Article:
We’ve been here before, haven’t we?
We were here last year when 26-year-old Inaki Williams was subjected to monkey chants by Espanyol fans at the RCDE Stadium and here throughout Samuel Eto’o’s decorated career in La Liga when the Cameroonian legend suffered years of vile, racist abuse.
And who can forget when racism in Spanish football reached new lows in 2014 when a Villarreal fan threw a banana at then Barcelona defender Dani Alves just as the Brazilian was about to take a corner?
And here we are again in 2021, confronting the deep-seated racism in La Liga after Valencia defender Mouctar Diakhaby was racially abused by Cadiz’s Spanish centre-back Juan Cala last Sunday.
Welcome to the new old world. We came expecting a football match. What we got was a deplorable occasion on a deplorable night against deplorable opposition played out to a miserable backdrop of racism and incompetent refereeing.
Diakhaby is not alone. The recent string of abuse in world football includes numerous online taunts. In March, Slavia Prague defender Ondrej Kudela racially abused Rangers midfielder, Glen Kamara, in the Europa League.
Despite heightened awareness of the Black Lives Matter movement in the last year, racist abuse continues to pervade world football, underscoring the prevalence of systemic racism in the sport and amplifying the inaction of governing bodies.
The Sound of Silence
Following global furore, Cadiz CF released a club statement on Sunday night that spoke a lot but said nothing. While the club acknowledged the importance of stamping out racism, it did not say if it would be conducting an internal investigation or if it was planning to link up with Valencia to resolve the issue.
Instead, it went on to say that they “do not doubt the honesty” of their players “who are firm defenders of the fight against racism, whose attitude has always been exemplary in all the matches that have been played.”
Pathetic. On Monday, the man at the centre of the storm, Juan Cala, told reporters that he would be addressing the issue at a press conference today. “Apparently the presumption of innocence doesn’t exist in this country,” Cala told reporters. “Don’t worry, I’m not going to hide.”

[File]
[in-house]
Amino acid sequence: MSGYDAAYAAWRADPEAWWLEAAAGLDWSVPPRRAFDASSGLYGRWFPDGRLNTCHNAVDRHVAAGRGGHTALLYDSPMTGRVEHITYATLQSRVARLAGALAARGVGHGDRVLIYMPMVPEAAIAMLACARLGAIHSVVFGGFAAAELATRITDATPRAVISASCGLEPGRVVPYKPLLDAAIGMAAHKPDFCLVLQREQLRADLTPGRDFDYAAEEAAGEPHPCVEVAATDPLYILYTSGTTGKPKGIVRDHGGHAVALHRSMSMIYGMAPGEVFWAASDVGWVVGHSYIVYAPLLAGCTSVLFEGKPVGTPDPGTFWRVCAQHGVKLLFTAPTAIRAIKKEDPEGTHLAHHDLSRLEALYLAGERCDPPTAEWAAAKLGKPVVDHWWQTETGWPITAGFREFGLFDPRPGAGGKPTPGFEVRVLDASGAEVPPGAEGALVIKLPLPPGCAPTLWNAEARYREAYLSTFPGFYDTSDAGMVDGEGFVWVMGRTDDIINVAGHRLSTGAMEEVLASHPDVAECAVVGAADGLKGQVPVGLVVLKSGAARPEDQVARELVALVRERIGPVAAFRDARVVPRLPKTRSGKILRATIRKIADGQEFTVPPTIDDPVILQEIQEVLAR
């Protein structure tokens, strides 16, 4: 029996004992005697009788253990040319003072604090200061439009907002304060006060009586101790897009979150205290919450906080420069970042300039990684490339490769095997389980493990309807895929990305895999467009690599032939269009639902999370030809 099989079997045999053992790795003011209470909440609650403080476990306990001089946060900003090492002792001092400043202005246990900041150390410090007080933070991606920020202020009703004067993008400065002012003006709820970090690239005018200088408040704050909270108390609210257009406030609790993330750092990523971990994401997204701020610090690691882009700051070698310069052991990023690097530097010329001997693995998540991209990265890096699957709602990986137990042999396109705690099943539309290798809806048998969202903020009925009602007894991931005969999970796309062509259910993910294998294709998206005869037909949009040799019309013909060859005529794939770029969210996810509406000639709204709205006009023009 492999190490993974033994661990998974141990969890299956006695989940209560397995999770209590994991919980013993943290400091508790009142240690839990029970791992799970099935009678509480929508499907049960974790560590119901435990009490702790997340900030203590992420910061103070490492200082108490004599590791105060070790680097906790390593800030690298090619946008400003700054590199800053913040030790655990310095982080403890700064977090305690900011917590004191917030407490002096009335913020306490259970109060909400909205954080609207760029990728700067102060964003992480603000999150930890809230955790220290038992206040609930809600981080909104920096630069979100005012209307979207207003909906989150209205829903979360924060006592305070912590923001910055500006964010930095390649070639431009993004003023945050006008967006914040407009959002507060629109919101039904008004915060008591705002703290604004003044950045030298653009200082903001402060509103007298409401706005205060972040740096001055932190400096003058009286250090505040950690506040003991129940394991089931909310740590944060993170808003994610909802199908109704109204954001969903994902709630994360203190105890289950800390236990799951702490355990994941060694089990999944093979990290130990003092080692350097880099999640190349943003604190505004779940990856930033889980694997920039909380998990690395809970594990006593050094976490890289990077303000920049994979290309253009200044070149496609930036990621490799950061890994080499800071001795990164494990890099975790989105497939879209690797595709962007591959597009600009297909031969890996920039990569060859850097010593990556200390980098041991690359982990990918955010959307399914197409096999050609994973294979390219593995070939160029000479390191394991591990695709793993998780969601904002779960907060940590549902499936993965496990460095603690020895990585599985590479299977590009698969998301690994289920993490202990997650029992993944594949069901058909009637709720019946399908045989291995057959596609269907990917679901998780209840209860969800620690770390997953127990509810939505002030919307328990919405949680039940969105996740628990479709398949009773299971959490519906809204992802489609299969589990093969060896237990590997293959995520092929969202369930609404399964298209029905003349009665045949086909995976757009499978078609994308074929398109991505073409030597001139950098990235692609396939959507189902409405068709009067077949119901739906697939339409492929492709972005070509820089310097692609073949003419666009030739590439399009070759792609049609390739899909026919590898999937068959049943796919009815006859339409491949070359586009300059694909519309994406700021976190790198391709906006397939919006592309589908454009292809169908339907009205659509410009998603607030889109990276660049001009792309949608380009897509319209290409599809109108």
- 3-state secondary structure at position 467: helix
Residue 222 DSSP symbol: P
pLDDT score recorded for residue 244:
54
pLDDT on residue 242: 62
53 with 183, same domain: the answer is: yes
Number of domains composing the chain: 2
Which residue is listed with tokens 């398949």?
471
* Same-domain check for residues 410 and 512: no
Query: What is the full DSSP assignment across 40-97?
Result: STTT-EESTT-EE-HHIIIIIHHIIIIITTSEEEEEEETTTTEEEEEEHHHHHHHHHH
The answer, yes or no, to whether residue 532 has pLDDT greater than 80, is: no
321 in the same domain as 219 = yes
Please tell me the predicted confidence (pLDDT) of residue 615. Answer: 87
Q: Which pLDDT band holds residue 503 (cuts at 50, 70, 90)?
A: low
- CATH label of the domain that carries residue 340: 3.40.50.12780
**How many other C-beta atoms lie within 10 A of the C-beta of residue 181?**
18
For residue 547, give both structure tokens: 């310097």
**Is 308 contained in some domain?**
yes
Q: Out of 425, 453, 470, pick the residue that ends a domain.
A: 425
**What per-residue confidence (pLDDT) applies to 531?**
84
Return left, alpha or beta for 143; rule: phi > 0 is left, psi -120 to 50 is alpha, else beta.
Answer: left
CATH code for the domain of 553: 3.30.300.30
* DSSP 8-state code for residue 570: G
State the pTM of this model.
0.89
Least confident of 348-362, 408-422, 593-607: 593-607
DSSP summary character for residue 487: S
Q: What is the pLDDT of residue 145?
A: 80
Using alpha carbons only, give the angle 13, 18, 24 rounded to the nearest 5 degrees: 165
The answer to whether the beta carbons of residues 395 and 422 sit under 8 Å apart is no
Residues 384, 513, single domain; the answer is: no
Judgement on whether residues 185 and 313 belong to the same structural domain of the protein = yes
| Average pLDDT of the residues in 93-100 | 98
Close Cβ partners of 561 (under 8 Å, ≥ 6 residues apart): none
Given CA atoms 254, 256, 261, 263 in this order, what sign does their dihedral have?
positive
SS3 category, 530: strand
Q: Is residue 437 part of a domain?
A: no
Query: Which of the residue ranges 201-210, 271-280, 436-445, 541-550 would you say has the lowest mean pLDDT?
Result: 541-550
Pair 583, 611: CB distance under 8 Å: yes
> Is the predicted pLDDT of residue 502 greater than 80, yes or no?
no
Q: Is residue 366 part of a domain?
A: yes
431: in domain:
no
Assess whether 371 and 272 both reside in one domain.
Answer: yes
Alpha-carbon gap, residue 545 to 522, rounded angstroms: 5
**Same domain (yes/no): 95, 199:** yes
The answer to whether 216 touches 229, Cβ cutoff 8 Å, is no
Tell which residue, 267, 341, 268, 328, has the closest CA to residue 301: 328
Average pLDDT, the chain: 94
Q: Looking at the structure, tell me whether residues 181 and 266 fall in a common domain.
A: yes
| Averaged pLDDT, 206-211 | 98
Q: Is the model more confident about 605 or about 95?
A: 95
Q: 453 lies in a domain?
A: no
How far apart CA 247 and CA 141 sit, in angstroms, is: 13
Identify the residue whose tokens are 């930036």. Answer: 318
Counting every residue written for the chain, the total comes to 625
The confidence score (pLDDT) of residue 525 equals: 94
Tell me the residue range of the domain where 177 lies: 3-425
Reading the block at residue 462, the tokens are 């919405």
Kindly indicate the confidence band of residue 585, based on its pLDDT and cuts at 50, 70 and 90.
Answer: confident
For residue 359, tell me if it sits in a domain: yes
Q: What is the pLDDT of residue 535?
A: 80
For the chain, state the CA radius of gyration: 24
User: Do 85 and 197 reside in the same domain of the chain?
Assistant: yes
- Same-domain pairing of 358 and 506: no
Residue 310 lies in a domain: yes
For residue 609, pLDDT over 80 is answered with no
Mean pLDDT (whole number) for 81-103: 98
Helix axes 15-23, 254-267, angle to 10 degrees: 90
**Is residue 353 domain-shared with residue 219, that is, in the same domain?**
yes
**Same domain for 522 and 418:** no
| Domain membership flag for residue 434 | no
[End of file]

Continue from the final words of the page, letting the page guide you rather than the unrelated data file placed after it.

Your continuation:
Good. He should not be allowed to. Valencia club president Anil Murthy promised to clamp down on the issue. LaLiga chief Javier Tebas acknowledged that something untoward did happen and that a full investigation was underway.
So what’s next? While Sunday’s episode has proven to be a low point for LaLiga, it has the potential to shape the way we move forward. A harsh sentence for Cala will serve as a deterrent for future offences and send out a strong message to both clubs and players.
Eric Cantona was served with a nine-month ban in 1995 when he threw himself over the hoardings to kick a fan. In 2003, Rio Ferdinand was given an eight-month ban for missing a drug test in September.
But perhaps the most memorable sentence in recent memory has to be in 2011 when then Liverpool striker Luis Suarez was banned for eight games and fined for racially abusing Patrice Evra.
Surely Cala’s actions warrant a penalty of similar scale or even a heftier punishment. With millions of fans from different nationalities supporting the Spanish league, there needs to be a show of solidarity, a sign to show that there is no place for division in football.
As LaLiga decides on the appropriate course of action regarding Sunday’s incident, it stands at a crossroads of opportunity. A chance to change and set the record straight.
But wait a minute, we’ve been here before, haven’t we?